June 11 ...
A dish is pleasant beyond your expectations. What is there beyond mere delicious or yummy (see previous posts) to describe it? A modern phrase that thankfully seems to be declining is ‘to die for’. I don’t like the phrase, I think it is silly, but I am interested in its origins.
The Roman poet Horace wrote the line Dulce et decorum est pro patria mori , meaning ‘It is sweet and fitting to die for one’s country’. The line has been used ever since in a military sense to glorify past or future deaths, but it has not to my knowledge ever been seriously used in a food context until recent times. I don’t intend to get into any sort of existential debate over this, but I will say that I dont think any piece of chocolate cake is worth dying for. You may disagree.
There are many ways to die food related deaths of course, and I don’t just mean by poisoning. They are not sweet deaths however. The seventeenth century chef known as Vatel ran himself through with his sword in 1661 – ashamed when insufficient fish was delivered for the King’s dinner (he was impatient, the fishmonger was running a little late). A
If you yourself do like the phrase ‘to die for’, may I caution you in respect of its written use. I have seen it used in the form of an acronym. Be advised that the acronym TDF can also mean ‘Total Dietary Fibre’ (and it is highly unlikely that the food under discussion fits this category), but even more alarmingly, it can also mean Testis-Determining Factor (the context is purely scientific.)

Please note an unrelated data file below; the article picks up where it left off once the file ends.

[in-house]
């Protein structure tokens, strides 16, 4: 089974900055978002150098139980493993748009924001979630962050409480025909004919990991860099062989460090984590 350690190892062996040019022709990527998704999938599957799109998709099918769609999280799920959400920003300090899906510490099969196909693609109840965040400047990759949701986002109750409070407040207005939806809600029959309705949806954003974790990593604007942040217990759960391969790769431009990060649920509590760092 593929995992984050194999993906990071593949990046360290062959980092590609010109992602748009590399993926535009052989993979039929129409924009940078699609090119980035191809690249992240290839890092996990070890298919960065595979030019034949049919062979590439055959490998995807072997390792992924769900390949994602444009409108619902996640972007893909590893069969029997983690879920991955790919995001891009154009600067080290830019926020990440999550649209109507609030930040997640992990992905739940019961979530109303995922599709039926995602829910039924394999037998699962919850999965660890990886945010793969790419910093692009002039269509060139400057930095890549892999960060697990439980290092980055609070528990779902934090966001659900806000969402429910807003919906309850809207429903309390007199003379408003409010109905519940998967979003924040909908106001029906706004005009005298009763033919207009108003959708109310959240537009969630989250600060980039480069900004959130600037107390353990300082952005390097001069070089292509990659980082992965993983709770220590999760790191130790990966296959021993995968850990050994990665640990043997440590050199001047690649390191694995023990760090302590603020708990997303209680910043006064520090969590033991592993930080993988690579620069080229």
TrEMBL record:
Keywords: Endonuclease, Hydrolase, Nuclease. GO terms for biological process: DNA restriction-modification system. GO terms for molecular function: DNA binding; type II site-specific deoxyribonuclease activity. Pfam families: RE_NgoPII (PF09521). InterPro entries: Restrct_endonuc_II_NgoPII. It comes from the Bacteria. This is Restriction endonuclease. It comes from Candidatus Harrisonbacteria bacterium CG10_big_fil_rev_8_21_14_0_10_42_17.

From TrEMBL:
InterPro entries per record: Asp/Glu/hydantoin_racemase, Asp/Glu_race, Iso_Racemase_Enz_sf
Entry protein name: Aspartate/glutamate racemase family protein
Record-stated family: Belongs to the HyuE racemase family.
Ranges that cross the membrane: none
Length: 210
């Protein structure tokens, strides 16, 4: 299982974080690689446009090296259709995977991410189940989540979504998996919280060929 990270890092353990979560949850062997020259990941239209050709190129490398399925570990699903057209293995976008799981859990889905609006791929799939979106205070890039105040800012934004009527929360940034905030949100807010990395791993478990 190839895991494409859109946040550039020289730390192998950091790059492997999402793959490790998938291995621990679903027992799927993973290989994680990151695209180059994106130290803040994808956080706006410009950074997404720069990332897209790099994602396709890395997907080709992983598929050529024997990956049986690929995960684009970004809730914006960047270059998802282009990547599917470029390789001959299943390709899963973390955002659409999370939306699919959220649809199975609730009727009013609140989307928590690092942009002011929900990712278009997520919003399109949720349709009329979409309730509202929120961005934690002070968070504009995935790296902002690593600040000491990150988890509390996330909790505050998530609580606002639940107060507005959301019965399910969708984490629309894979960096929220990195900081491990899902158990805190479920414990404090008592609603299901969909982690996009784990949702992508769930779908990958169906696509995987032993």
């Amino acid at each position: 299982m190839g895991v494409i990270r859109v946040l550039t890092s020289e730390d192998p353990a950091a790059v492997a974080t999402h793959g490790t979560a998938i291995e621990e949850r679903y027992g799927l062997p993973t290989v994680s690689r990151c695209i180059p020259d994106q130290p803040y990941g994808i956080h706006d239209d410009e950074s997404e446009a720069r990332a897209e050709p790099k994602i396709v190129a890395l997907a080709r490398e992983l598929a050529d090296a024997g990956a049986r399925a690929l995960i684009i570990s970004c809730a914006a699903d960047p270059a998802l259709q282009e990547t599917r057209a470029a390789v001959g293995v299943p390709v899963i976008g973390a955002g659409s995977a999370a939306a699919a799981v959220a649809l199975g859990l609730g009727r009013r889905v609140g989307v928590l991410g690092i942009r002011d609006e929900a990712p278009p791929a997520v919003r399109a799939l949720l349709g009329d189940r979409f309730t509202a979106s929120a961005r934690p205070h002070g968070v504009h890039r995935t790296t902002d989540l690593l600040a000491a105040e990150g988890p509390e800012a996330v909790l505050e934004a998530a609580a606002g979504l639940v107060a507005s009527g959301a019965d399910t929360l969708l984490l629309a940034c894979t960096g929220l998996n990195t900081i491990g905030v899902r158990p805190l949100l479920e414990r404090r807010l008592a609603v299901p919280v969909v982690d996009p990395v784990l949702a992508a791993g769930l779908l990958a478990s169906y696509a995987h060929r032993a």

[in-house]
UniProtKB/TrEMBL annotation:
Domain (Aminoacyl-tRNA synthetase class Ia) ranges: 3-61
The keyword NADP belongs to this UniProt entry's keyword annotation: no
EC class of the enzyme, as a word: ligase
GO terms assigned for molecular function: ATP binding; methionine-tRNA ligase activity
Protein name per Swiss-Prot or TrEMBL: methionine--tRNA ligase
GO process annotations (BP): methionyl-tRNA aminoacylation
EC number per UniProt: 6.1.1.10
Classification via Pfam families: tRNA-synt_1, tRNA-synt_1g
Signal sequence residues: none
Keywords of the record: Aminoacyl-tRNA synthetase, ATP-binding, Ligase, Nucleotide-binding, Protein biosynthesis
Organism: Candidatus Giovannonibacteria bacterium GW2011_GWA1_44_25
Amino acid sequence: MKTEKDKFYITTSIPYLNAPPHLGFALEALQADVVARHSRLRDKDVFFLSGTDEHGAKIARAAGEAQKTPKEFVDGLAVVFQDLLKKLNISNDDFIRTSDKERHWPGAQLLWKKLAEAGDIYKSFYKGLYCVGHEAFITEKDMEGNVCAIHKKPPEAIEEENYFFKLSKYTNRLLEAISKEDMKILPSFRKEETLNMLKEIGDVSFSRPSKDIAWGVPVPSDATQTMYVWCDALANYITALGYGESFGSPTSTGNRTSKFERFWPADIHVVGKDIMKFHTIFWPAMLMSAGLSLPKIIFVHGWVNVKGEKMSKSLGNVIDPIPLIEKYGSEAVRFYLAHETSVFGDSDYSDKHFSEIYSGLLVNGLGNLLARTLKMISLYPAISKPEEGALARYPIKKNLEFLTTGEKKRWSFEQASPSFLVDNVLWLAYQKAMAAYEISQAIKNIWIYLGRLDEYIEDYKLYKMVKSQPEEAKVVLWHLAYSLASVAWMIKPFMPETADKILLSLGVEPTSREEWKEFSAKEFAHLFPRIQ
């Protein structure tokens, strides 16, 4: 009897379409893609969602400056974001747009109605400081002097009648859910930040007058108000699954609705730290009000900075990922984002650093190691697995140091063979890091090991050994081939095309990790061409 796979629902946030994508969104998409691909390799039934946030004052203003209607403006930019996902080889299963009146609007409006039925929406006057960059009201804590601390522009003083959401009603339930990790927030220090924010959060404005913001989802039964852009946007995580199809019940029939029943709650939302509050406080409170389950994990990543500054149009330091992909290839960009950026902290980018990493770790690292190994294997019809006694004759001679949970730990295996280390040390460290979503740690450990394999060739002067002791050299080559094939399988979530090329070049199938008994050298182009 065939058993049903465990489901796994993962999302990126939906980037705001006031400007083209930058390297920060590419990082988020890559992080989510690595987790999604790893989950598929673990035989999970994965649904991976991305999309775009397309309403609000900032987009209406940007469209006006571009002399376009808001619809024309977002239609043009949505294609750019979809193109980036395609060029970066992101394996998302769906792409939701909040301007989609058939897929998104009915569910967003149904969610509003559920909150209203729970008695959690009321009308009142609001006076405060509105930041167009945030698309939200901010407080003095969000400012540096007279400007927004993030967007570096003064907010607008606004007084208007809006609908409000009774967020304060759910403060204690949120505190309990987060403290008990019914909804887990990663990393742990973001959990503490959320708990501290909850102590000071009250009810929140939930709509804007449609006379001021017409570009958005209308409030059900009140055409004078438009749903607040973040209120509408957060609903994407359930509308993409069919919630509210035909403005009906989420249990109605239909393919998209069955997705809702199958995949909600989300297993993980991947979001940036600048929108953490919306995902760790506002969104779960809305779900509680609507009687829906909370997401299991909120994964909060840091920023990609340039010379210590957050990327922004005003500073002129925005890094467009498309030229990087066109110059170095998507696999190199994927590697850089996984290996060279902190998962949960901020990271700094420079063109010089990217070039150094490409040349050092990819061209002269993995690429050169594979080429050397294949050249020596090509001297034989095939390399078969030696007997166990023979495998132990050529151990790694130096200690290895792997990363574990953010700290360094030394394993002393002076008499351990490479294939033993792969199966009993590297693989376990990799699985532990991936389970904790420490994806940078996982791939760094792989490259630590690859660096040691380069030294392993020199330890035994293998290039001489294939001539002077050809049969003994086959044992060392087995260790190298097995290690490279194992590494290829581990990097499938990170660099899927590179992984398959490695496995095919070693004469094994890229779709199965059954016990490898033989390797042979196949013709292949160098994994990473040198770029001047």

It is perfectly possible that a food could shock you to death. The cost of the truffles in this recipe, for example.
Take a fat turkey, cleanse and singe it; if you should chance to burst the gall-bladder or intestines, wash the inside of the body very carefully. Then peel three or four pounds of truffles; chop up a handful of the worst with some fat bacon, and put them, into a saucepan, together with the whole truffles, salt, pepper, spices, and a bay leaf; let these ingredients cook over a slow fire for three quarters of an hour ; then take them off, stir, and leave them to cool ; when quite cold, put them in the body of the turkey, sew up the opening, and let the bird imbibe the flavour of the truffles, by their remaining in for several days, if the season permit. When you wish to dress the turkey, cover it with thin broad slices of bacon, and over that, strong paper, and roast it two hours: when nearly done, take off the paper that the bird may brown a few minutes, and serve.
[French domestic cookery, by an English physician. 1825]
Tomorrow’s Story …
Quotation for the Day …
A nuclear power plant is infinently safer than eating, because 300 people choke to death on food every year. Dixy Lee Ray.